Internet Scam Artist Fined $1.9M Fri May 24, 2:45 PM ET
By D. IAN HOPPER, AP Technology Writer
WASHINGTON (AP) – An elusive Internet scam artist has been ordered to pay almost $1.9 million back to victims and stop a scheme that used thousands of misspelled Web addresses to trick Internet users into seeing adult advertisements, federal regulators announced Friday.
Federal Trade Commission lawyers sued John Zuccarini of Andalusia, Pa., last October to stop the scheme. Zuccarini set up Web sites that contained misspellings of popular names like the Backstreet Boys (news – web sites), Victoria’s Secret, Bank of America and The Wall Street Journal.
Visitors that inadvertently misspelled a site’s name, like victoreasecret.com instead of the lingerie retailer, went to Zuccarini’s site and were barraged with a hailstorm of pop-up ads for Internet gambling and pornography. The new windows returned to the screen even after they were closed, the FTC said.
“After one FTC staff member closed out of 32 separate windows, leaving just two windows on the task bar, he selected the ‘back’ button, only to watch the same seven windows that initiate the blitz erupt on his screen,” FTC lawyers said in the complaint.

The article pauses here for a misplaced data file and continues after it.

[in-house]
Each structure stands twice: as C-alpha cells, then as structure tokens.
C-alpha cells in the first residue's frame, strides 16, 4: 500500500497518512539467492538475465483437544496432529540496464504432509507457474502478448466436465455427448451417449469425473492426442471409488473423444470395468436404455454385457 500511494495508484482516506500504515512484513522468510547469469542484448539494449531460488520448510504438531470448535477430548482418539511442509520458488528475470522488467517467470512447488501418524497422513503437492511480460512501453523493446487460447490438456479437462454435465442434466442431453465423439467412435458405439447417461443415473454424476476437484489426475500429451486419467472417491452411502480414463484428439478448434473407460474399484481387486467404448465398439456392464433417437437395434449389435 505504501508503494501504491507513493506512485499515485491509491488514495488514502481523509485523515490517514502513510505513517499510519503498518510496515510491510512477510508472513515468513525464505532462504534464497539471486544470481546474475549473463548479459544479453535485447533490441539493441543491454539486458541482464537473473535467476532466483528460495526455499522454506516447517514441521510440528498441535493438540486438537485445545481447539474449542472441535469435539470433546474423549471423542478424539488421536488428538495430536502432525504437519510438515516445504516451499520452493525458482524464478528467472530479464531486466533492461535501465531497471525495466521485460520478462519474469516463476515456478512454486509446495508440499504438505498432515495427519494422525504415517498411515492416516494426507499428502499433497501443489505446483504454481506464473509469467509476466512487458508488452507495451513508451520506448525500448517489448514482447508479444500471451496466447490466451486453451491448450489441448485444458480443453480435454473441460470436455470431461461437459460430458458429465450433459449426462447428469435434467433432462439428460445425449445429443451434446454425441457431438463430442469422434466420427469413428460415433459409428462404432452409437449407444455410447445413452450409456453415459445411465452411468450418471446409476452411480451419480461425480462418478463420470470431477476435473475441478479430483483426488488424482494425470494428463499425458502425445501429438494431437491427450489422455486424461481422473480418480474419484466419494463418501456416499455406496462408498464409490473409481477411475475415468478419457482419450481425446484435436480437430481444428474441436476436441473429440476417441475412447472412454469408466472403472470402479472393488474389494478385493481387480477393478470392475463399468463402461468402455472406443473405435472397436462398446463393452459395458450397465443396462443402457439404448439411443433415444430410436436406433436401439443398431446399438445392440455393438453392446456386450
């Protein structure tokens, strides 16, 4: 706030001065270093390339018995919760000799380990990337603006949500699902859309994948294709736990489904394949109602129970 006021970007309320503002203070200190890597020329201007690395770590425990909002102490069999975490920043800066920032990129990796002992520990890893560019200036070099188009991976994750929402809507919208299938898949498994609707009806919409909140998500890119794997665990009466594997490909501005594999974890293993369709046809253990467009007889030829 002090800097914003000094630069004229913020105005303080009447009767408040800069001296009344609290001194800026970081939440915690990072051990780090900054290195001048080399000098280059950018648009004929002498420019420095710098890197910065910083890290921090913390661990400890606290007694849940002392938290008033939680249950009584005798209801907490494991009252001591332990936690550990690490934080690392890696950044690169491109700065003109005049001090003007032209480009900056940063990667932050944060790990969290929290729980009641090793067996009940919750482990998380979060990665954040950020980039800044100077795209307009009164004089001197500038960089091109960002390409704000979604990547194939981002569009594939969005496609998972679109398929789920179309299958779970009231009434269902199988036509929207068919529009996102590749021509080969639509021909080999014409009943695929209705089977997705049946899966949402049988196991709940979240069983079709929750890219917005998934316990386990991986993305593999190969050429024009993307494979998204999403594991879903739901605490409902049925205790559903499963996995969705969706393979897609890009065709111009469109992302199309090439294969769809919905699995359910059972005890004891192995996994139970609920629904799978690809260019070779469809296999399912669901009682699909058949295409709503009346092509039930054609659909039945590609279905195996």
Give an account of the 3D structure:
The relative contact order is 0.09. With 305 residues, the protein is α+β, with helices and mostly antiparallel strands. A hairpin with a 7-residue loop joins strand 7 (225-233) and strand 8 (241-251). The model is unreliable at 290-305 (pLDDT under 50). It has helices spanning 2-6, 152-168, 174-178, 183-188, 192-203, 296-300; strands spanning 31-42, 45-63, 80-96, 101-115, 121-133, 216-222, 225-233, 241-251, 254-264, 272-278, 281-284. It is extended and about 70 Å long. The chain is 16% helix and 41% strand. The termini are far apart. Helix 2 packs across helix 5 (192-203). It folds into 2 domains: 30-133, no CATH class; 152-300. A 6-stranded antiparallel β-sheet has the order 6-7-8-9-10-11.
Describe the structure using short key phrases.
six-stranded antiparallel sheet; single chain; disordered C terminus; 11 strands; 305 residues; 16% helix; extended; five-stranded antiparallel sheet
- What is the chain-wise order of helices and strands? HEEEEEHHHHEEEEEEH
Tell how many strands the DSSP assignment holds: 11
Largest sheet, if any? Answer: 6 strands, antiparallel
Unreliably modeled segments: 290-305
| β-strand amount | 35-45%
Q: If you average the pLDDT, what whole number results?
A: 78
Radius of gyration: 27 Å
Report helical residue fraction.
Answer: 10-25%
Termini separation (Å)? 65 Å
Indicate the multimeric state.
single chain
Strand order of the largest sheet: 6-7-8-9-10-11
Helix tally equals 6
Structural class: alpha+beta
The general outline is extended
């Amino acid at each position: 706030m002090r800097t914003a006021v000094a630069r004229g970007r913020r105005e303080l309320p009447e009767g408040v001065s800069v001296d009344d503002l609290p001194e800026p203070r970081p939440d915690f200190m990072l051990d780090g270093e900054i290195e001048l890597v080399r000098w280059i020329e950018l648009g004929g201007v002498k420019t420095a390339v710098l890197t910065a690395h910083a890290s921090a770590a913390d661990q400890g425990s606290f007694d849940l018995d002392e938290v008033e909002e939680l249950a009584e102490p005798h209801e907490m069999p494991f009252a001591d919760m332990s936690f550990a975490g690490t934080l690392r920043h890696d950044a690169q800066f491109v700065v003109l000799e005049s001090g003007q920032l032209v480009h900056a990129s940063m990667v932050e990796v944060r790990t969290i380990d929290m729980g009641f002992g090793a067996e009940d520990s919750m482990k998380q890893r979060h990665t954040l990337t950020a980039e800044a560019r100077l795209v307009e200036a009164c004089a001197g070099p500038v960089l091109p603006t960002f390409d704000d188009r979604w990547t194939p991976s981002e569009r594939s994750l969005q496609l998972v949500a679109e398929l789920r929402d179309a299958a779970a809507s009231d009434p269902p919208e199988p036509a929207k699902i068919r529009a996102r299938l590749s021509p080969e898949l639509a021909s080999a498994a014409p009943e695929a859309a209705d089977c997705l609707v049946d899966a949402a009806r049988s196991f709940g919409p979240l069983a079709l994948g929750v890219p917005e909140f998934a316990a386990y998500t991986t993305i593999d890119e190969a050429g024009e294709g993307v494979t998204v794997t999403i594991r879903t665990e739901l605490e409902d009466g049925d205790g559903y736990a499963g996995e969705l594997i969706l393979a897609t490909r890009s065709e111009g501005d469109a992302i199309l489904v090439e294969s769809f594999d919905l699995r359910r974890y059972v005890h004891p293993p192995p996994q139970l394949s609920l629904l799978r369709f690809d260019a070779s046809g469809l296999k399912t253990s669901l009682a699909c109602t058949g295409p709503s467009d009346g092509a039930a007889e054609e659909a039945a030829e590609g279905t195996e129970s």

FTC investigators said Zuccarini makes from $800,000 to $1 million per year by charging advertisers whose ads appear on the browser windows.
Companies targeted by Zuccarini’s scam have filed scores of complaints with regulators and the Internet Corporation for Assigned Names and Numbers, an oversight body that handles Internet addresses. The FTC said Zuccarini has lost 53 state and federal lawsuits and has had about 200 Web addresses taken from him and transferred to copyright holders.
Many of the Web sites target kids, including 15 variations on the Cartoon Network’s Web site, and 41 variations on the name of pop singer Britney Spears.
It is unclear whether the FTC will be able to collect the money, which is earmarked for consumer redress.
Zuccarini never appeared on his own or through a lawyer in the Pennsylvania federal court handling the case, even though witnesses testified that he was notified of the suit.
He did not respond to an e-mail seeking comment. Florida lawyer Howard Neu, who once represented Zuccarini, said he had “not the foggiest” idea where Zuccarini is.
Zuccarini does business under many company names, including 22 names using the word “Cupcake.” Victims of the scam should contact the commission at 1-877-382-4357 and use the FTC’s case name, “Cupcake Party.”